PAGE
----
I smell gay.

… I swear I do. Which is why I am always shocked when I am mistaken for straight. Even if someone misses that distinctive ‘queer’ scent on me, I figure that my outfit will always be the giveaway… but apparently that is not always the case.

Though I do not necessarily categorize myself under any of the typical labels, most of my friends would call me “femme” meaning that I am comfortable in dresses/ skirts and seem more on the ‘girly’ ‘feminine’ side of the spectrum. While I do not completely disagree with this assessment, I would more accurately call myself a boho tomboy. I look to Jimi Hendrix, Patti Smith and those who prefer the nomadic lifestyle for inspiration.

I see the way I choose to dress as very different from what a typical heterosexual woman would wear. Somehow even when I ‘girl it up’ I’m still a little tougher, a little edgier, a little less traditionally feminine. I might wear a super sweet soft flowing dress, but it only looks right if I pair it with combat boots and tonnes of spikes. The newish phenomenon of ‘boyfriend jeans’ is right up my alley because I’ve been wearing men’s jeans… well men’s clothes in general, forever. I understand that I am read as ‘quirky’ or ‘different’ but outside of the LGBTQ community, rarely gay.

Historically LGBTQ people used physical signifiers/ fashion items to be able to identify one another, for example the subtle pinky rings, without ‘outing’ themselves to the heterosexual mainstream. With the growing acceptance of LGBTQ culture these signifiers have become less and less necessary. So the question is now, in the post-rainbow era, what makes a person “look” gay? While, I do recognize that for the most part no clear distinction between straight and non-straight individuals can necessarily be acknowledged, I have observed certain physical attributes or behaviors that have been tip-offs for me (all of which I exhibit myself).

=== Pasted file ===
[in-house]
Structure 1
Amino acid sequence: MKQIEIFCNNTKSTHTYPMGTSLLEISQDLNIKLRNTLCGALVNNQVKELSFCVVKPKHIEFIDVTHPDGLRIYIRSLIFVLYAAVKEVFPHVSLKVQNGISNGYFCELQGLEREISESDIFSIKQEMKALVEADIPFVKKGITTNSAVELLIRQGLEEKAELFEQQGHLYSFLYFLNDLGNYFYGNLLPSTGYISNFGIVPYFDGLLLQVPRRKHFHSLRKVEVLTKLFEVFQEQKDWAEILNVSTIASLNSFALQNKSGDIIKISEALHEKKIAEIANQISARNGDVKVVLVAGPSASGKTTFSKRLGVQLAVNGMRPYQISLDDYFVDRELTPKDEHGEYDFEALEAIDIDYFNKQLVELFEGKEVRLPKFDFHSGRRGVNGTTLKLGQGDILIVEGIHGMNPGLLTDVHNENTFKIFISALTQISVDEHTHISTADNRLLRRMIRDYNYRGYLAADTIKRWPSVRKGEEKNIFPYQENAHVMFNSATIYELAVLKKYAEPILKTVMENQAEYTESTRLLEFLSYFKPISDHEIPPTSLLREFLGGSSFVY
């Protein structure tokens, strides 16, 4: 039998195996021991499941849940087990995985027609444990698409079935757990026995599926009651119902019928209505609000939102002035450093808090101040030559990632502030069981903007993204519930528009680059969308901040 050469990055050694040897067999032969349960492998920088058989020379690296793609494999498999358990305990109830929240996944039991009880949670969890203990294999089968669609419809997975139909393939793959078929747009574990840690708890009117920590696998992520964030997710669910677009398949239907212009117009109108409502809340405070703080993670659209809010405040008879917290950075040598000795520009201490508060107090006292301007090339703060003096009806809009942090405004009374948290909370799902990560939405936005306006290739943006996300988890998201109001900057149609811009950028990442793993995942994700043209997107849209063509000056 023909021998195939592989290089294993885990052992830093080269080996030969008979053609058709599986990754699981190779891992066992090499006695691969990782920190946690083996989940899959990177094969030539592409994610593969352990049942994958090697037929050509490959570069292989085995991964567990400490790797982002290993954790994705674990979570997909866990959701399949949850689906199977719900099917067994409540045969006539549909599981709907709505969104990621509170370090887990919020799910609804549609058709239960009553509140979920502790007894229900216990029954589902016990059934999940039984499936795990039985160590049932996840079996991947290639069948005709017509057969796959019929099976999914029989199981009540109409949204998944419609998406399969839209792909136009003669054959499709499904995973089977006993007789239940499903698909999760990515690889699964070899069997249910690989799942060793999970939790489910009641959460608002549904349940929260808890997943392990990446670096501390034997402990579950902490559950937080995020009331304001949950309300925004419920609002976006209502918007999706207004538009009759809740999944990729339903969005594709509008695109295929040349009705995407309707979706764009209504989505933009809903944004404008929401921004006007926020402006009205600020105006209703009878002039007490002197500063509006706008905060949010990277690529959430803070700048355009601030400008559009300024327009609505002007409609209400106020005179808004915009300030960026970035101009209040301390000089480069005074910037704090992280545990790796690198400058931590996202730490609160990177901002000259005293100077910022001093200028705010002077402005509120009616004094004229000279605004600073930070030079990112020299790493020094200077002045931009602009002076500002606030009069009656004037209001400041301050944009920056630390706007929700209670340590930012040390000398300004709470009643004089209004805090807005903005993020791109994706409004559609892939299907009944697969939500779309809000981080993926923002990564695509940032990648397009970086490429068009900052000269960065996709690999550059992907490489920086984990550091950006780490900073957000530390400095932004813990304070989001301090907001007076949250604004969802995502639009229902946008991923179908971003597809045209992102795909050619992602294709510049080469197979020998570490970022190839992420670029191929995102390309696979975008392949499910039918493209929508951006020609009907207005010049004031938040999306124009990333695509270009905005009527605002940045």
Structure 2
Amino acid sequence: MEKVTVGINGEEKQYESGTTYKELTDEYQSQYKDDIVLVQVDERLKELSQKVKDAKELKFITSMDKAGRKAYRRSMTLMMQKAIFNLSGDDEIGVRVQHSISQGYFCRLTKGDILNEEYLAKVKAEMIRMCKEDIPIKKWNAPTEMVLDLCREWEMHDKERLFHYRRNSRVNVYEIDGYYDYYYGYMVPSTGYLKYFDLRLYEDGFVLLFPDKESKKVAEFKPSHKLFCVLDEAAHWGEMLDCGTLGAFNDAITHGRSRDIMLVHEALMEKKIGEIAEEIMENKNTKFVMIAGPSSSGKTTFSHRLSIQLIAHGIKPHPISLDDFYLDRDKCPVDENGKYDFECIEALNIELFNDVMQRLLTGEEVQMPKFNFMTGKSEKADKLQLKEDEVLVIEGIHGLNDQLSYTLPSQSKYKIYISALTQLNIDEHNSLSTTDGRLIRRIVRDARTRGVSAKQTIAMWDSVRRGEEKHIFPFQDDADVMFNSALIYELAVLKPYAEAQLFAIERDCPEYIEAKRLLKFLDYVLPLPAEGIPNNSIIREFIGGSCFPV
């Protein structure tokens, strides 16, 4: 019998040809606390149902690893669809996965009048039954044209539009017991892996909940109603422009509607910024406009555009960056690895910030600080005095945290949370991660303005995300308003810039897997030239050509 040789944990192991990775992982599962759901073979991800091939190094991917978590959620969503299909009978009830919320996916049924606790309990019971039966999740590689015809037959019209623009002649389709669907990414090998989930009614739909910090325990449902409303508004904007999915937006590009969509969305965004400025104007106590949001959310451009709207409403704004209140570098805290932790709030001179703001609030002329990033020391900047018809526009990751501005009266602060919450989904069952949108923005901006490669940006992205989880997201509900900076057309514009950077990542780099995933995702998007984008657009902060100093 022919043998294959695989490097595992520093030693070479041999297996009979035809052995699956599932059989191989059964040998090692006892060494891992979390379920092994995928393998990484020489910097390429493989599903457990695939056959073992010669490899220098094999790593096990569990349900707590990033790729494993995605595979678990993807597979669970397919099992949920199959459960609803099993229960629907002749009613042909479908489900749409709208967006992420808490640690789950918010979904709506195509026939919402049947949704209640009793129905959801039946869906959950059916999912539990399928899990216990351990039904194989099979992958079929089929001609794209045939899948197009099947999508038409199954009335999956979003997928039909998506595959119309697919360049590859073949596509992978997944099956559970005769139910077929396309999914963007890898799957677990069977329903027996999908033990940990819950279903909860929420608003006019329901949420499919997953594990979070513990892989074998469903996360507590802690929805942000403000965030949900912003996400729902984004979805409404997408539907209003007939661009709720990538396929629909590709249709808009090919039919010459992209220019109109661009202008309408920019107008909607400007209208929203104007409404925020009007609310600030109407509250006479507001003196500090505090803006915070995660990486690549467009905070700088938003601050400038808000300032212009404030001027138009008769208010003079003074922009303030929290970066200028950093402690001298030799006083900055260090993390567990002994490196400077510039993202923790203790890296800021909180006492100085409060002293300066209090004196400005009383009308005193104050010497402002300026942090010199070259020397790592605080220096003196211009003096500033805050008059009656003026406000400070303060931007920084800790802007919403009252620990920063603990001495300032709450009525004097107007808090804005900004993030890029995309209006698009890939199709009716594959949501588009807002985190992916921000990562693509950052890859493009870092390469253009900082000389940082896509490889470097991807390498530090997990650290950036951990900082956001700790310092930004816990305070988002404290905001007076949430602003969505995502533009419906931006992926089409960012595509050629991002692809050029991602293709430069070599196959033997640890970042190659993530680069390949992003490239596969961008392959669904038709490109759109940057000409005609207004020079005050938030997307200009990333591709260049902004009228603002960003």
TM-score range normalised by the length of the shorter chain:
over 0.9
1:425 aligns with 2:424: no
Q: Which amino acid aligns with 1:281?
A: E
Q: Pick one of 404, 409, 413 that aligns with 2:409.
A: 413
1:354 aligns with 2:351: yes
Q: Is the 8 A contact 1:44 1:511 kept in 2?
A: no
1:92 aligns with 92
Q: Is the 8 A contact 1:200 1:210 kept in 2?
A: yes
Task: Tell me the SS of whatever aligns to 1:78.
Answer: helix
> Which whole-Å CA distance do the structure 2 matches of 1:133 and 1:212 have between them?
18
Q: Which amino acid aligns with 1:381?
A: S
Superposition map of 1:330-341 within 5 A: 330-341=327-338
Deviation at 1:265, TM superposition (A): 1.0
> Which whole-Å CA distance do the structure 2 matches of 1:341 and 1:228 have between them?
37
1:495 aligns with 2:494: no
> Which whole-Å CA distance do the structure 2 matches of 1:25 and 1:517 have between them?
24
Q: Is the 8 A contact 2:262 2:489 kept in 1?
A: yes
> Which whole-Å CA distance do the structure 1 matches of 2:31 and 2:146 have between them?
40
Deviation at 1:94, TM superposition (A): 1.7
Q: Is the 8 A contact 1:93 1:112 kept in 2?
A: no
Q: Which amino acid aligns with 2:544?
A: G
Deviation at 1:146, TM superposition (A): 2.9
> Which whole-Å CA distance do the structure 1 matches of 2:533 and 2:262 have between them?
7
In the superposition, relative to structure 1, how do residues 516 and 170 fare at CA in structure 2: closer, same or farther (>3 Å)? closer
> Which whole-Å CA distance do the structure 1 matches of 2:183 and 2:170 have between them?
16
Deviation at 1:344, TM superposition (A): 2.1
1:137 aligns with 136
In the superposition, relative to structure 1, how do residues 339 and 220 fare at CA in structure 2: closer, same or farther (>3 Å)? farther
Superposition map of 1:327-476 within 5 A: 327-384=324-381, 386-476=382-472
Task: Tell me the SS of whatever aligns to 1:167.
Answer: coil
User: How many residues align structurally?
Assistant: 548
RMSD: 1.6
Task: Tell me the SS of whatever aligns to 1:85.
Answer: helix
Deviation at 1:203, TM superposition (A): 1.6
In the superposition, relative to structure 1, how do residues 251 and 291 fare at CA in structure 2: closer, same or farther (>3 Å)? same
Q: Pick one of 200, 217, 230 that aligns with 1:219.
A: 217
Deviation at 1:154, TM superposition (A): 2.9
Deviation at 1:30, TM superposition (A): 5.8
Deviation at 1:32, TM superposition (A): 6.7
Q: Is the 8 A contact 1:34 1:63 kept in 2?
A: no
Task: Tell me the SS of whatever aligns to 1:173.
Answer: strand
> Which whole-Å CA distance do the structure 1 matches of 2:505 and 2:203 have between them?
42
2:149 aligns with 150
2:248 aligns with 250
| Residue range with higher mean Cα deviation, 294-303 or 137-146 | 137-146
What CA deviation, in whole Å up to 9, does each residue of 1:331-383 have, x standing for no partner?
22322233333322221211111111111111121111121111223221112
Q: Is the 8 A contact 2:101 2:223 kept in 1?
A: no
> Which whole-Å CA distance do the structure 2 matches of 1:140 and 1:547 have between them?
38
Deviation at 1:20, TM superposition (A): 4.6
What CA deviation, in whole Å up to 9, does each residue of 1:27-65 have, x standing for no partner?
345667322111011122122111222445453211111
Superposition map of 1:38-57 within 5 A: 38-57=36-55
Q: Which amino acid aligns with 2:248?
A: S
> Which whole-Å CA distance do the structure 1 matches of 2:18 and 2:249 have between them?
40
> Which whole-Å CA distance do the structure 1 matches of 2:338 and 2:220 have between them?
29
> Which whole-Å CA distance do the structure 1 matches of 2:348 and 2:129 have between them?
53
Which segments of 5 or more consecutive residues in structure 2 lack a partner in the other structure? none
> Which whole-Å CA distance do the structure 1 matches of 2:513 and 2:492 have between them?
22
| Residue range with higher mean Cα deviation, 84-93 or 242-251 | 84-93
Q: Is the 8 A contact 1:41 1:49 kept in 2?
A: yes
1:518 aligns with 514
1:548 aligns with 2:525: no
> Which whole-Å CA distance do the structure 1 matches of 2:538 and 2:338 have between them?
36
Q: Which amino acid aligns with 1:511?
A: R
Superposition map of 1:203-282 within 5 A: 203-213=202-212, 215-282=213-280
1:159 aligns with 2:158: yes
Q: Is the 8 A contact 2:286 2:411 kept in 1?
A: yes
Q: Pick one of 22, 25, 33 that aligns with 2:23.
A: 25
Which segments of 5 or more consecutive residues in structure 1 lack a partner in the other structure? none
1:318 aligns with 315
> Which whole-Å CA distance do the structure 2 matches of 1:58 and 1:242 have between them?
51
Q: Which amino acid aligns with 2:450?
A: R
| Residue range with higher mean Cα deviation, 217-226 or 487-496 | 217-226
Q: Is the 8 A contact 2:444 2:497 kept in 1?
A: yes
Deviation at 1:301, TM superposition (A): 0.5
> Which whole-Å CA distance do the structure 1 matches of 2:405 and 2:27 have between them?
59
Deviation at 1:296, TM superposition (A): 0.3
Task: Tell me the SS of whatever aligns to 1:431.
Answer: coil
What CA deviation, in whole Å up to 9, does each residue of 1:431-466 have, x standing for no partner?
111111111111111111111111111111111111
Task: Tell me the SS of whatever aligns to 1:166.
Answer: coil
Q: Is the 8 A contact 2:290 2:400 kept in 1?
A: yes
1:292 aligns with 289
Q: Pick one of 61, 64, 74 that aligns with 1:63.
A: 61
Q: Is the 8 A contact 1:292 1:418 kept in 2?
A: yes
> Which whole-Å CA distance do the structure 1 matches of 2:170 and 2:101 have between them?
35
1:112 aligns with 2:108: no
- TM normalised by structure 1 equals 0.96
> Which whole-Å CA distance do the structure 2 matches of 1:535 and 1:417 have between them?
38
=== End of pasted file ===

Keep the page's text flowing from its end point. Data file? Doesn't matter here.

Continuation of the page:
• A very specific swagger (in case you’re not familiar with swagger, think of the way that super good looking dude just walked into the room, clearly knowing how good looking he is)
  • Comfort with wearing items of clothing traditionally associated with the ‘opposite’ sex


  • Mixing traditionally masculine and feminine items at the same time
  • Perfectly groomed eyebrows (regardless of gender)
  • Bandanas in the back jean pocket (aka flagging), to decipher what the color and location of the ‘flag’ means visit  http://en.wikipedia.org/wiki/Handkerchief_code



  • A great sense of fashion, which others my identify as haute, edgy or quirky
  • You see them holding hands, kissing, making out with someone of the same gender

I realize that as it is with every rule, there are exceptions to this list. However, this list will definitely help you hone in on developing your gaydar!

pretty boy



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About the Author

Arts & lifestyle writer, wardrobe stylist and unicorn cee (@ceesando) is inspired by international travel, the ocean, runner's high, sashimi and that perfectly put together outfit.